"Would you like some help?" I ask.
"No, I'm fine," Jamie says.
He lights a few candles and we sit all together like I imagine a real family would do, but I can't tell for certain because it's not something Greg was ever keen on. Even for Christmas, he made a point of watching TV during dinner and disappear as soon as his plate was empty, leaving it behind on the table.
"Wine?" Jamie asks.
I smile. "Sure."
He fills my glass and makes a brief toast. "Santé!"
"Santa?" Sam asks. "Like the chubby guy that brings gifts on Christmas?"
"No," I say. "Santé is the French word for cheers. It means, to your health."
She raises her goblet of water. "The French are a funny bunch."
Outside, darkness has descended. I fight the impulse to draw the curtains because I don't want to spoil the relaxed atmosphere. Leaning back, I watch the scene before me with mixed emotions: Jamie carving thin chicken filets, Sam smiling as she hands him her plate, the candles barely flickering. It's so beautiful and perfect that it can't be real. And it isn't, I remind myself. Not least, because he's married to someone else and it's only a matter of time before he disappears like all men do when things get too boring because the hunt is won.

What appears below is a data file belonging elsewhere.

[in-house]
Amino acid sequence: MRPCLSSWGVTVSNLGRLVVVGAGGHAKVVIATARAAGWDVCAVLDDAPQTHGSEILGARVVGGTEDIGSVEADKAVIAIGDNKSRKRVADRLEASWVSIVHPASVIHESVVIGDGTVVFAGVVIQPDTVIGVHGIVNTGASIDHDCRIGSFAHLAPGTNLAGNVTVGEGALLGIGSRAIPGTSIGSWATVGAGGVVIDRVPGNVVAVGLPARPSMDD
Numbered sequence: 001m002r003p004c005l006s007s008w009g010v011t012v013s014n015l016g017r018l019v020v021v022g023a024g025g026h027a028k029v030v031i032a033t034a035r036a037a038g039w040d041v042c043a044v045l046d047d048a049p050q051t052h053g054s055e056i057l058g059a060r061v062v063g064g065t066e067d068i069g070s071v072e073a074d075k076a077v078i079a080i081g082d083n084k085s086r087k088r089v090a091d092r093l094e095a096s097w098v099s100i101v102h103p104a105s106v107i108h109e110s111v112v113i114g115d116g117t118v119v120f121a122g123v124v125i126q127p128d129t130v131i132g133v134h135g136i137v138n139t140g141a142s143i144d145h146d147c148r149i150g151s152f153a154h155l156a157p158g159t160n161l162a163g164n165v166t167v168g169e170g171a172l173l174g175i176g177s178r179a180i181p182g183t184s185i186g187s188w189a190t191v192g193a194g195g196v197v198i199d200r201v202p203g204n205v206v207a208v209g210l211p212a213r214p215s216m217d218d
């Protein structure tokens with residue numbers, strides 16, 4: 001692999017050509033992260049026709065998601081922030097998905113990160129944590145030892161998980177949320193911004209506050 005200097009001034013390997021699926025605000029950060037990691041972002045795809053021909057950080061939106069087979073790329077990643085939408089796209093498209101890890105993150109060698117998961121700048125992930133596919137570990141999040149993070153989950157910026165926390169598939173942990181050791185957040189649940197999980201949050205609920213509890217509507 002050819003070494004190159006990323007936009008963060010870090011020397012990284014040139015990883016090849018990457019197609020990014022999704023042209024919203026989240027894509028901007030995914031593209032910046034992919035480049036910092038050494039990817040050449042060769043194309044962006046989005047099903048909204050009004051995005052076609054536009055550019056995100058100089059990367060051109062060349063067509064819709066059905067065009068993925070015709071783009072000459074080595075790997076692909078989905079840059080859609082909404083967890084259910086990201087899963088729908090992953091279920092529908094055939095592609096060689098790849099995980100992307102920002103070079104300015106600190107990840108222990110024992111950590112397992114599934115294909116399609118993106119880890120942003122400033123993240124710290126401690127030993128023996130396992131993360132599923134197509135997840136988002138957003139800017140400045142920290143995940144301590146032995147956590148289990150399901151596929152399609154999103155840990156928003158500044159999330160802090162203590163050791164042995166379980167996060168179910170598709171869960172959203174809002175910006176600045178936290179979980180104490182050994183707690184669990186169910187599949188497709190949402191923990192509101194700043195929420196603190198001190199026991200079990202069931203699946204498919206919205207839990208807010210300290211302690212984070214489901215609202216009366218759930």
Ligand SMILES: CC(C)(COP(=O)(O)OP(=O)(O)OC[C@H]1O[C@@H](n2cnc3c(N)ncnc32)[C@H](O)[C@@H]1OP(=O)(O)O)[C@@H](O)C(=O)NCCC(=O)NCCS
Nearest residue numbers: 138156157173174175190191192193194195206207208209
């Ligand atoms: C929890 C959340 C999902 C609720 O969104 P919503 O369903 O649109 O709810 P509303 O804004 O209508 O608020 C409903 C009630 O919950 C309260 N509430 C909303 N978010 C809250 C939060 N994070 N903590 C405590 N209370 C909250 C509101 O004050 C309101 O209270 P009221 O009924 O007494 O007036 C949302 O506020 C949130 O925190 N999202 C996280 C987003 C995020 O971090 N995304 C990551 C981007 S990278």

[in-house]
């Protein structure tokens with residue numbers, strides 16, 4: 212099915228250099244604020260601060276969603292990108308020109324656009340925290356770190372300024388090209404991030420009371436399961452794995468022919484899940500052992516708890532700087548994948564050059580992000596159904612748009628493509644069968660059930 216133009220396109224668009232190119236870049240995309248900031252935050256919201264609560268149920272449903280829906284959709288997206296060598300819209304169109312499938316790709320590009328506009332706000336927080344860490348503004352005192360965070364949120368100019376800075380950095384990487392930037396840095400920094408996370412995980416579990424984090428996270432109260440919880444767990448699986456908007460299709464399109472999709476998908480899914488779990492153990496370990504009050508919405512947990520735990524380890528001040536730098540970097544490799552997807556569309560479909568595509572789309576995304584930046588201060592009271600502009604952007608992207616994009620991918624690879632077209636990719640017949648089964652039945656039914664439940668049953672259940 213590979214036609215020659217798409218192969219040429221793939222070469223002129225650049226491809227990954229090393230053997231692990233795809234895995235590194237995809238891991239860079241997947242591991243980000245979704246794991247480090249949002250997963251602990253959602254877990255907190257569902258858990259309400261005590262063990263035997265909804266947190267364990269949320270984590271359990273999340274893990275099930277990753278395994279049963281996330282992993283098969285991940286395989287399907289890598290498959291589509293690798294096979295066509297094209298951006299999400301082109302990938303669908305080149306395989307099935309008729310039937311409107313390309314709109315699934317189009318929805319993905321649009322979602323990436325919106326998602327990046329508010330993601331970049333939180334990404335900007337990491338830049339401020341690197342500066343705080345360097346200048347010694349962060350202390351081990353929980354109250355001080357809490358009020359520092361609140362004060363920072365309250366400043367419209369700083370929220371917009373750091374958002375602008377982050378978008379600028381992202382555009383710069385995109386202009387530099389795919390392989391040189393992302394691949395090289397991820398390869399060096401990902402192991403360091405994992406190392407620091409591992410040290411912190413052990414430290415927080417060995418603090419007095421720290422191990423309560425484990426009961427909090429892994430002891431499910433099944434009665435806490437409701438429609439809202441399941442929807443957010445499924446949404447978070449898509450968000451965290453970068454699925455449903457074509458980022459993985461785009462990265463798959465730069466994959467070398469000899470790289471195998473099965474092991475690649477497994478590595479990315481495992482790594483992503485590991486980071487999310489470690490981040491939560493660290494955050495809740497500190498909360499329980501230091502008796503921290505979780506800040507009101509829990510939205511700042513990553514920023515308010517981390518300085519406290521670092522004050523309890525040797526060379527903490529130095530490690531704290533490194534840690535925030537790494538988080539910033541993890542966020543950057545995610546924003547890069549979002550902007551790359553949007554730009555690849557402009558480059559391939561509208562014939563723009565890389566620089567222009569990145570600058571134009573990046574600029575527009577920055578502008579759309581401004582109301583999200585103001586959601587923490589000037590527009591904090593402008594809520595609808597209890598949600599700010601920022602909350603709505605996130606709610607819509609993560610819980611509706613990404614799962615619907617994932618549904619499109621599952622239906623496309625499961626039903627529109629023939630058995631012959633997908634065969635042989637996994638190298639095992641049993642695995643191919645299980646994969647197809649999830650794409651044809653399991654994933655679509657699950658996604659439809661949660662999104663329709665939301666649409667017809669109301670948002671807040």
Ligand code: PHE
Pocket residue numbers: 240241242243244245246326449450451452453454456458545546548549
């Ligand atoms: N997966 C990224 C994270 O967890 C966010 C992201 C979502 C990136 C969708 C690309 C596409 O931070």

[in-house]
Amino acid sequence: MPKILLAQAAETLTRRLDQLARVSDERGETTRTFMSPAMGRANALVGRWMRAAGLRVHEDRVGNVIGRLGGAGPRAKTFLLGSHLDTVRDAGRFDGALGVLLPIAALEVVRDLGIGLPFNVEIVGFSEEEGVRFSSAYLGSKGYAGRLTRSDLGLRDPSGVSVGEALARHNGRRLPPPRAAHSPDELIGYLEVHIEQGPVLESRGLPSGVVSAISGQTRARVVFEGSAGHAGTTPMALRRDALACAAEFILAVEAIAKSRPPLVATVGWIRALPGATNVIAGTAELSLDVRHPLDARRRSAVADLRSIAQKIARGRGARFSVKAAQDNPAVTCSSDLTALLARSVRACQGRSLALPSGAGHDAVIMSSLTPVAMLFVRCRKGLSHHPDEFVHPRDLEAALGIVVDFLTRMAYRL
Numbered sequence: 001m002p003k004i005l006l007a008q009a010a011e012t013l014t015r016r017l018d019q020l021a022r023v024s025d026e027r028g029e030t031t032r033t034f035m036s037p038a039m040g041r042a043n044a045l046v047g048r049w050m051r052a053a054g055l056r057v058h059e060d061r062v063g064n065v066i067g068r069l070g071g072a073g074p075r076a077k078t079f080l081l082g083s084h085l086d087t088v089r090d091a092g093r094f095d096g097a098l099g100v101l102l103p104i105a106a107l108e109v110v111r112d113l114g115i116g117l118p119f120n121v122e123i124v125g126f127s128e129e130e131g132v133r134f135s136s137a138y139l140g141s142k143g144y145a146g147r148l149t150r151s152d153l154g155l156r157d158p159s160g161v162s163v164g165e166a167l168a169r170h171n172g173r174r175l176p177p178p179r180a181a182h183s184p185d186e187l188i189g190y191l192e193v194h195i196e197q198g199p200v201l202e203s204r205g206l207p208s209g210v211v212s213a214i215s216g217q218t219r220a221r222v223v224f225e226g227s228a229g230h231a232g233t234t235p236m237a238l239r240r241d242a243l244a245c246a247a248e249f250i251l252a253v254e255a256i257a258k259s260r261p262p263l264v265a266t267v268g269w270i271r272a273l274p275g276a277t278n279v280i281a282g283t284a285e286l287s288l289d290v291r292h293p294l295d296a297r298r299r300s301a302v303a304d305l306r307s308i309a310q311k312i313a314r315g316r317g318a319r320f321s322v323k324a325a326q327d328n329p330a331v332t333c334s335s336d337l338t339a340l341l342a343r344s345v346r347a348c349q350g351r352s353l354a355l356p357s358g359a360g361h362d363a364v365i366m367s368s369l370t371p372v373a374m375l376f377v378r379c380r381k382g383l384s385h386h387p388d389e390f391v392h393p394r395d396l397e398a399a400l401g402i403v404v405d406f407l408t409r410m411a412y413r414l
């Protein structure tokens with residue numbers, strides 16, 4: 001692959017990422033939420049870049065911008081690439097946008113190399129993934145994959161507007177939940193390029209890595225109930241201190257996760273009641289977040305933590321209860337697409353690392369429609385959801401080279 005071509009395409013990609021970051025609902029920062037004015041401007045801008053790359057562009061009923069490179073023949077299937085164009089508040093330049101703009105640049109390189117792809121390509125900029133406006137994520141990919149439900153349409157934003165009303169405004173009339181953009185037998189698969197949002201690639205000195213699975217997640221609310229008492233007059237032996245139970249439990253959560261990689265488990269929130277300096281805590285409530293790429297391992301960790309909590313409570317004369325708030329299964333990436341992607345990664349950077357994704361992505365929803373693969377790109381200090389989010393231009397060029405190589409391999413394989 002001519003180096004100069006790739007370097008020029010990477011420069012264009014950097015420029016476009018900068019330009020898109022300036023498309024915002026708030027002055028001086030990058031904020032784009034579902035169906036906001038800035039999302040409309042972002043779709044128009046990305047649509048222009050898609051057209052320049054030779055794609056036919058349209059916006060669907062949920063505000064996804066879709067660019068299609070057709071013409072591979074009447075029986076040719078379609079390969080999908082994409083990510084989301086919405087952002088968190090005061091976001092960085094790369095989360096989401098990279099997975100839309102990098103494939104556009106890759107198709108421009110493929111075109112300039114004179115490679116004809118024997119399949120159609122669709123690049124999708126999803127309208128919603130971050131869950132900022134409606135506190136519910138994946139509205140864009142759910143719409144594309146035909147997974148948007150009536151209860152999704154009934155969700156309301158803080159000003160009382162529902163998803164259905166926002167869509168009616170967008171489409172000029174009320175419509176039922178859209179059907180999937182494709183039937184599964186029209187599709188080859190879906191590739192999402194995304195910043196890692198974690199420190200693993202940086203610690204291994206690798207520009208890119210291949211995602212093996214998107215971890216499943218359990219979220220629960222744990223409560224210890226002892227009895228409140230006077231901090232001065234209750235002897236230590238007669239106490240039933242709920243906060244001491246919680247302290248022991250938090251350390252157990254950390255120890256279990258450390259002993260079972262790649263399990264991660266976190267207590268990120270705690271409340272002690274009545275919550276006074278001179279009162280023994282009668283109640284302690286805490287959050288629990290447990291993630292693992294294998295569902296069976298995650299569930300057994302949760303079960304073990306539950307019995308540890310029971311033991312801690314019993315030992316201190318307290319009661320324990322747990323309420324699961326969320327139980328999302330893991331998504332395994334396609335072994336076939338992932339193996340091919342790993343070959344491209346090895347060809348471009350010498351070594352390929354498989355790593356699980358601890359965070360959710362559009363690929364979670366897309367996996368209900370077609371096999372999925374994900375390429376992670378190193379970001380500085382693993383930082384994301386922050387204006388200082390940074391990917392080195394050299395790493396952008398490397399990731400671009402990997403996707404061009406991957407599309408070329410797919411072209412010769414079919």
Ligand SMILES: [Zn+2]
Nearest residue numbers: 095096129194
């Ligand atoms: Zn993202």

"Jamie, what's that kissing thing the French do?" Sam asks.
I shoot her a warning look, hoping she gets the meaning. "Sweetie, is that appropriate dinner conversation?"
Sam shakes her head. "No, not the deep French kissing. The pecks on the cheek." I gawk. How does she even know about French kissing? She wasn't supposed to learn that before turning twenty.
"The French are famous for this custom of greeting each other by kissing on the cheek," Jamie says. "It's done between family, friends and even men, and varies from one kiss to five with the average being two."
"Really? Why don't they just shake hands?" Sam asks.
There's my opportunity to change the subject so I use it. "They do. Shaking hands is reserved for strangers or older people."